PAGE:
I have been asking questions such
as “What is the Islamic view of women?” and “What does it mean to be a Muslim
woman?” for a long time. I was born female to a Muslim family living in Lahore,
a Muslim city in a Muslim country, Pakistan. Not until 1974, however, did I
begin my serious study of women’s issues in Islam and — I am still shocked to
reflect — this happened almost by accident.
I was, at that time,
faculty adviser to the Muslim Students’ Association chapter at Oklahoma State
University in Stillwater.
The study of women in the Middle East, now well into its second decade, has produced
an impressive corpus of papers and periodical articles. For purely practical
reasons, this review focuses on writings in English, in a selective rather than
all-inclusive manner. The analysis of women in the Middle East has not always
been undertaken with reference to Islam, but a significant body of works,
influenced partly by the Islamic resurgence, coincident with the rise of the
study of women as a separate field, does have reference to Islam.
Riffat Hassan, a native of Pakistan, received her doctorate
in Islamic Philosophy at Durham, England. Since 1976 she has been a professor in
Religious Studies at University of Louisville, Kentucky. Currently, she is a
visiting lecturer at the Divinity School Harvard University, where she is
working on a forthcoming book entitled "Equal Before Allah". The following
interview was recorded on April 16, 1986 and formed the basis for a November,
1987, Asian Communiqué radio program produced by Betty Milstead of the Center of
Asian Studies, University of Texas, Austin.
15-20,000 political prisoners in Turkey. Student, worker and ecologist
demonstrations are regularly broken up and demonstrators arrested and tortured.
There is a state of emergency in five eastern provinces as the large Kurdish
community continues to fight for its survival. Meanwhile, the regime makes the
superficial move towards liberalism, which are necessary for its application to
join the EEC to be accepted.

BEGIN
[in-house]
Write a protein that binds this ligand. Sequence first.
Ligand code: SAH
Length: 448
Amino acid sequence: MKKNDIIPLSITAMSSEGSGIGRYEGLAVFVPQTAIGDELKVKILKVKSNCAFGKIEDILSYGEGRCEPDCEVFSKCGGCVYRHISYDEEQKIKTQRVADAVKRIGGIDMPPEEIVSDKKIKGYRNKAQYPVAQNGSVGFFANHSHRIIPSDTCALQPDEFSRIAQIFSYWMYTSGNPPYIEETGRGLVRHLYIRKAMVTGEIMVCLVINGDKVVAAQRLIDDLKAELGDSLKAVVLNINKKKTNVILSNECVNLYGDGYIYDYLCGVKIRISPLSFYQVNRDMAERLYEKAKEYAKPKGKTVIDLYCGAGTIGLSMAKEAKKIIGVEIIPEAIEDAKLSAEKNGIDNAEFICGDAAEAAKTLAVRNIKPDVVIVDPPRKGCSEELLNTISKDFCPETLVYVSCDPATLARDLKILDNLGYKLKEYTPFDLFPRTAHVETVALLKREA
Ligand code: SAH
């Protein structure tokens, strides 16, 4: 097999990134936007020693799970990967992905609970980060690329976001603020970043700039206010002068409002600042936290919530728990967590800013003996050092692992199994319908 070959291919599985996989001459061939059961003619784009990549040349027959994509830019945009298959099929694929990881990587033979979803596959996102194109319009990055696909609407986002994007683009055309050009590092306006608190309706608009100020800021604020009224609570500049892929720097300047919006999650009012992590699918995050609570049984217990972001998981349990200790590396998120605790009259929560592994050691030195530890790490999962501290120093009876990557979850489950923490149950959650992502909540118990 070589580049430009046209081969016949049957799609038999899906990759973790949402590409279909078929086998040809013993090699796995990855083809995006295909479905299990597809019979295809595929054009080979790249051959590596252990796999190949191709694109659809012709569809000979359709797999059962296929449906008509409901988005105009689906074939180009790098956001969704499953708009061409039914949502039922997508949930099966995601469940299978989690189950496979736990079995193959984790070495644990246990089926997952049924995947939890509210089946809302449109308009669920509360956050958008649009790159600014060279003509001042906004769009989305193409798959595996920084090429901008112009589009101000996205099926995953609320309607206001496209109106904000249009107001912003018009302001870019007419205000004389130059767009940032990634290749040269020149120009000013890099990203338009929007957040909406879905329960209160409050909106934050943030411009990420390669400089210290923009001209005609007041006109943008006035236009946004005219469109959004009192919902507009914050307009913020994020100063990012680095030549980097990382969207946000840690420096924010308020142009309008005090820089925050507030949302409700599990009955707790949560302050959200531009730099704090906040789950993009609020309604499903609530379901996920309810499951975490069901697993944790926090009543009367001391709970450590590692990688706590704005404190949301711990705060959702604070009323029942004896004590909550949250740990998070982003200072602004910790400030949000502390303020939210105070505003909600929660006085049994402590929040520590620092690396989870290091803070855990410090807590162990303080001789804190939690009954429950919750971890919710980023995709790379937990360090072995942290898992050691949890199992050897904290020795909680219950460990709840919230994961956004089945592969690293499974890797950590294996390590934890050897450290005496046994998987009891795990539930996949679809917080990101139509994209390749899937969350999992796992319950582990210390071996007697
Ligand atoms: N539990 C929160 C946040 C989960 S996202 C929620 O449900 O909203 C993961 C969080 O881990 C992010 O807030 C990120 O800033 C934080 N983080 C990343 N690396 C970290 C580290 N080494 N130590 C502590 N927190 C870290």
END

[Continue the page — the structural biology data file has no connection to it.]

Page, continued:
following interview Jill Bend from Off Our Backs (OOB) talks to three Turkish
The Islamic ideology regards women with a mixture of fear and paternalism, and sees
them both as the source of evil and as the most vulnerable member of the
household, in need of constant surveillance and protection. the policies of the
majority of Muslim states are accordingly framed, often equating women with
children and the insane.
which literally translated means total submission, is not merely a belief
system, but also a way of life and Muslims are expected to run their lives
according to the Qur’anic injunctions.
The report of the Board of Trustees to the General Assembly of the Arab Organisation
for Human Rights -which was adopted by the General Assembly of the AOHR in
Khartoum, Sudan, on 31 January 1987 - is in two parts.
first part, "The Arab Organisation for Human Rights over the past three years",
details the stages of the establishment of the Organisation, describes its
activities and includes an evaluation of its efforts as well as an examination
of future prospects.
The titles listed below can be ordered directly from the Muslim Women’s Research and Action Forum. Write to them at email@example.com for
Can We Women Head a Muslim State?
Translated into Tamil by M. Nuhman In her own words, in this slim volume Mernissi attempts to provide the young and uninformed reader with the basic facts about the ‘yes and No' debate on a woman's right to lead a Muslim
Response from Nasrine Abou-Bakre Gross, Afghan Women's Rights Activist and Negar Member, to the article of July 31, 2002 entitled 'US-Grown Feminist's Pace of Reform Riles Afghan Women', of which she was the subject.